I have recently had cause to think about some of the "little" things Catholics do because they are Catholic.
Some of these appear to be regional beliefs. I would welcome additions or explanations anyone cares to send my way.
I was recently at a wedding. It was out of town and a group of us were driving there together. The weather was "iffy" and we knew the wedding was to take place outdoors. One of our friends, who grew up in the area, said that she should have put her beads on the clothesline.
My husband looked at me quizzically. I told him that this was a local (as far as I know, anyway) custom. To ensure good weather for a wedding, women hung their rosary beads on the clothesline. Uh-huh said dh.
Not too long ago, a friend was talking about selling her house. She said she'd buried a statue of St. Joseph in her garden and the house sold quickly. Uh-huh...said the priest. Actually, I've heard that the statue must be buried upside down, according to the protocol for this practice. I told the priest that there are actually house-selling kits which include a statue of poor St. Joe.
Last week, my daughter was talking to an adult friend. I am not sure where the friend grew up, but when my daughter spoke about swimming, her friend expressed surprise. When she was growing up, they did not go swimming outside until St. Jean Baptiste Day (St. John the Baptist) after the priest had blessed the lake.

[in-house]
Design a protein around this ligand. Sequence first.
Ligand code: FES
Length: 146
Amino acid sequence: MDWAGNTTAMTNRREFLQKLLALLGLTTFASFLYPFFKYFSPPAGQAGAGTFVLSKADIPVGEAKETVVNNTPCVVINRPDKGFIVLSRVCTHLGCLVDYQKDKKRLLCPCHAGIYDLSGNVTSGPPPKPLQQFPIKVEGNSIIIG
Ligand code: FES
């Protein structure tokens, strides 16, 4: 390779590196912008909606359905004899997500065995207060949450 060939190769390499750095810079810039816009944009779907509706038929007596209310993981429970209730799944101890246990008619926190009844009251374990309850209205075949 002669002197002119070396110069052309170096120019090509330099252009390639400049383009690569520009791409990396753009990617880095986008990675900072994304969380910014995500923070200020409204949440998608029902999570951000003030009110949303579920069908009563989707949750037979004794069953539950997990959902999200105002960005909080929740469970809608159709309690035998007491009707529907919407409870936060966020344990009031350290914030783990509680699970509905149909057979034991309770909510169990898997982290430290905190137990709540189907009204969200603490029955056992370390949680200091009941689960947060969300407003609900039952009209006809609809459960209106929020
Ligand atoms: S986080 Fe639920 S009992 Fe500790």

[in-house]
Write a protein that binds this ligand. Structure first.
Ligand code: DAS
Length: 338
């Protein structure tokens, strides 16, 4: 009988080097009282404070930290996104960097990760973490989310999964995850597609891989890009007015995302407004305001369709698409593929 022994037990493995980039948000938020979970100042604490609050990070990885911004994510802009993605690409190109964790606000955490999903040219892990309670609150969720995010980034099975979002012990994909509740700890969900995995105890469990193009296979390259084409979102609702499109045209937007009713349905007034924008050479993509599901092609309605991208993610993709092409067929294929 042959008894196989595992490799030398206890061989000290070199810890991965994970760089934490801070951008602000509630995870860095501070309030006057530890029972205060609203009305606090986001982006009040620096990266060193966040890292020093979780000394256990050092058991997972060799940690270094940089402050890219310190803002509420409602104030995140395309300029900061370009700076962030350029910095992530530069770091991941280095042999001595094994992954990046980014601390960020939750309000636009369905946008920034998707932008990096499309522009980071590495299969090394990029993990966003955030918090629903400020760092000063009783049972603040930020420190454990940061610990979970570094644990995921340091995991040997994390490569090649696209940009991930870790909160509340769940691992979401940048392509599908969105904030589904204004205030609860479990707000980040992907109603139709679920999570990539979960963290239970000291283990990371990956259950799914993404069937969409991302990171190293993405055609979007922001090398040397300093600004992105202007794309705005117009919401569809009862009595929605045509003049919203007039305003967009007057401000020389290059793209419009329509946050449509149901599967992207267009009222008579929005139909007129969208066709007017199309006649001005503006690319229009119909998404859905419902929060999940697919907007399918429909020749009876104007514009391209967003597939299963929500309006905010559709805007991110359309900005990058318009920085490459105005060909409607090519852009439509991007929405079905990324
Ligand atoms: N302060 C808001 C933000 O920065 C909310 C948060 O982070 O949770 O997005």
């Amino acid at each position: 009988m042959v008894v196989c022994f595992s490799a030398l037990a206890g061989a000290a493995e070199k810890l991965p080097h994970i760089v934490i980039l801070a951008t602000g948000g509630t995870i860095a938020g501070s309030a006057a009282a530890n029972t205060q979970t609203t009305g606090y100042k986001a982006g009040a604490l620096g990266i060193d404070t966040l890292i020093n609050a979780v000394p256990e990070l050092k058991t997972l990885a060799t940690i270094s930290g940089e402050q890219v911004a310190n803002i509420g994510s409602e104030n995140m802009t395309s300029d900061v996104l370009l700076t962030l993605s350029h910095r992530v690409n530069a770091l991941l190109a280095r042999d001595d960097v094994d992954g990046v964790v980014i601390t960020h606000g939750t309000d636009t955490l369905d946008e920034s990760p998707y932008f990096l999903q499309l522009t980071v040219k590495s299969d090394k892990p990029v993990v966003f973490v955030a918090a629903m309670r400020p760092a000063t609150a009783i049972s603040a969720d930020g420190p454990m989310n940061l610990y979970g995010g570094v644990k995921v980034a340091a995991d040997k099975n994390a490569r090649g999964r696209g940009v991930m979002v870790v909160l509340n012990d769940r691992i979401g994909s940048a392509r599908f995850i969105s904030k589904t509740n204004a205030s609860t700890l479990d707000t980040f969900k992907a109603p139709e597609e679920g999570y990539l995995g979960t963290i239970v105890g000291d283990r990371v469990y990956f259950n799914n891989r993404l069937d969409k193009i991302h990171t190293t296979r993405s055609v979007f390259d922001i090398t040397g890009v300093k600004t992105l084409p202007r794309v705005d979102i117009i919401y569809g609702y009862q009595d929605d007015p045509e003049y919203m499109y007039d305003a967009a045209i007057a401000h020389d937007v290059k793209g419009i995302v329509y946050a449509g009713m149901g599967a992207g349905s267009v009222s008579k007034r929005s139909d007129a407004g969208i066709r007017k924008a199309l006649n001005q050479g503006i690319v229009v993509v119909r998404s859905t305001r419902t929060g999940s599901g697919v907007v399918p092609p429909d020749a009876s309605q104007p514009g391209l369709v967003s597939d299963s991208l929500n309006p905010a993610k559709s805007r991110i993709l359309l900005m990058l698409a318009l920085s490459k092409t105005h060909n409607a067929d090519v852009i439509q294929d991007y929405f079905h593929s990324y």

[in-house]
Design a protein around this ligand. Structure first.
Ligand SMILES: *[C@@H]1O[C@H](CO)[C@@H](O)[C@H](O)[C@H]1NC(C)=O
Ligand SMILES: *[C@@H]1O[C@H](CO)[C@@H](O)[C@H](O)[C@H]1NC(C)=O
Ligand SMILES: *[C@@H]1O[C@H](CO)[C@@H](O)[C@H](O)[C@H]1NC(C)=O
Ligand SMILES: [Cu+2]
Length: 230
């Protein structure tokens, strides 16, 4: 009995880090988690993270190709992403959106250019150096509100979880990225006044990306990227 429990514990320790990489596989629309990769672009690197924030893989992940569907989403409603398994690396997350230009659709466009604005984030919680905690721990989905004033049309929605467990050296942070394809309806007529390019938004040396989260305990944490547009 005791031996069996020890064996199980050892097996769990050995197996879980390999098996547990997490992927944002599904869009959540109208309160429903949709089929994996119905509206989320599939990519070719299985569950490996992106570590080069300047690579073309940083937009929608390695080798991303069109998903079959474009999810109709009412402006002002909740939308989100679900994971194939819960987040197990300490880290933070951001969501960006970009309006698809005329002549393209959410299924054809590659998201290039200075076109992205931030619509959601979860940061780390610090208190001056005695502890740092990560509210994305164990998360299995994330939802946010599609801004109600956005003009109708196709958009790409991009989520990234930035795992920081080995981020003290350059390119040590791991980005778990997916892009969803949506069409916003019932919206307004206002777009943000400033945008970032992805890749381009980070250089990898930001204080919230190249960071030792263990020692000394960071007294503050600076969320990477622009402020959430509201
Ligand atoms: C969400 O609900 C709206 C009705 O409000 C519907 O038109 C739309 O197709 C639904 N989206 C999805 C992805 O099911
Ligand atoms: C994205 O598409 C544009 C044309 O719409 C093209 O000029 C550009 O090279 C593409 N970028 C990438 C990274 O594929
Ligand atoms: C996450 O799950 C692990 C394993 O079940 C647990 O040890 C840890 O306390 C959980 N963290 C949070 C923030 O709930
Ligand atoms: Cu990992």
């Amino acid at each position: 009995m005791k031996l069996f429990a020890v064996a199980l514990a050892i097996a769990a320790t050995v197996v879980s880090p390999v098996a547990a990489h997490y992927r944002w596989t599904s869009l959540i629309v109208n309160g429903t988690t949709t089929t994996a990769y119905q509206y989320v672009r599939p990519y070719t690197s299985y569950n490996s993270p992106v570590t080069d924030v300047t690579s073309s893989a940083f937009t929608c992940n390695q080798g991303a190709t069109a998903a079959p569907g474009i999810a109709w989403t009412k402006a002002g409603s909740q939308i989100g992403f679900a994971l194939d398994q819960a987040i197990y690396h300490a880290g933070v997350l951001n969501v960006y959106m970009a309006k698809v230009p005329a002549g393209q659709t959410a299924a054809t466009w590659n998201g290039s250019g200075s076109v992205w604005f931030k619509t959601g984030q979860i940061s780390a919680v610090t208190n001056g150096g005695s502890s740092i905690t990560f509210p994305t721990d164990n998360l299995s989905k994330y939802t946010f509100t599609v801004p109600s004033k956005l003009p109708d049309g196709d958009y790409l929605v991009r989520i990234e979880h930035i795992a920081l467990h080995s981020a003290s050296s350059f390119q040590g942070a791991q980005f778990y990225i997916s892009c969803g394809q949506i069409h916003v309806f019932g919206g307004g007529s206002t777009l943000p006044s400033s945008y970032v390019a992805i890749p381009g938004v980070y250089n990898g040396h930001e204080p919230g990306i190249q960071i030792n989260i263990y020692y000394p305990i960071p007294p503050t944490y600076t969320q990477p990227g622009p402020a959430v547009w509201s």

I'm sure everyone has seen the "ads" run in newspapers thanking various saints for "favours receieved". These notes are usually run for several days.
Some of these practices may cross the line between devotion and superstition. I have no problem with someone publically announcing favours received through the intercession of a particular saint, but does it have to happen nine times? My personal preference, if I were selling a house, would be to ask St. Joseph to pray for us as we did this. If I had a statue of him, I would NOT bury it, but display it somewhere. In my book business, which is entirely Catholic, I do not sell the St. Joseph's house selling kits.
Some of these practices are charming, although I do fear for those who do not look deeper into their faith. As long as these practices do not comprise the bulk of ones faith, I do not think they can cause harm. Kinda like wearing a scapular...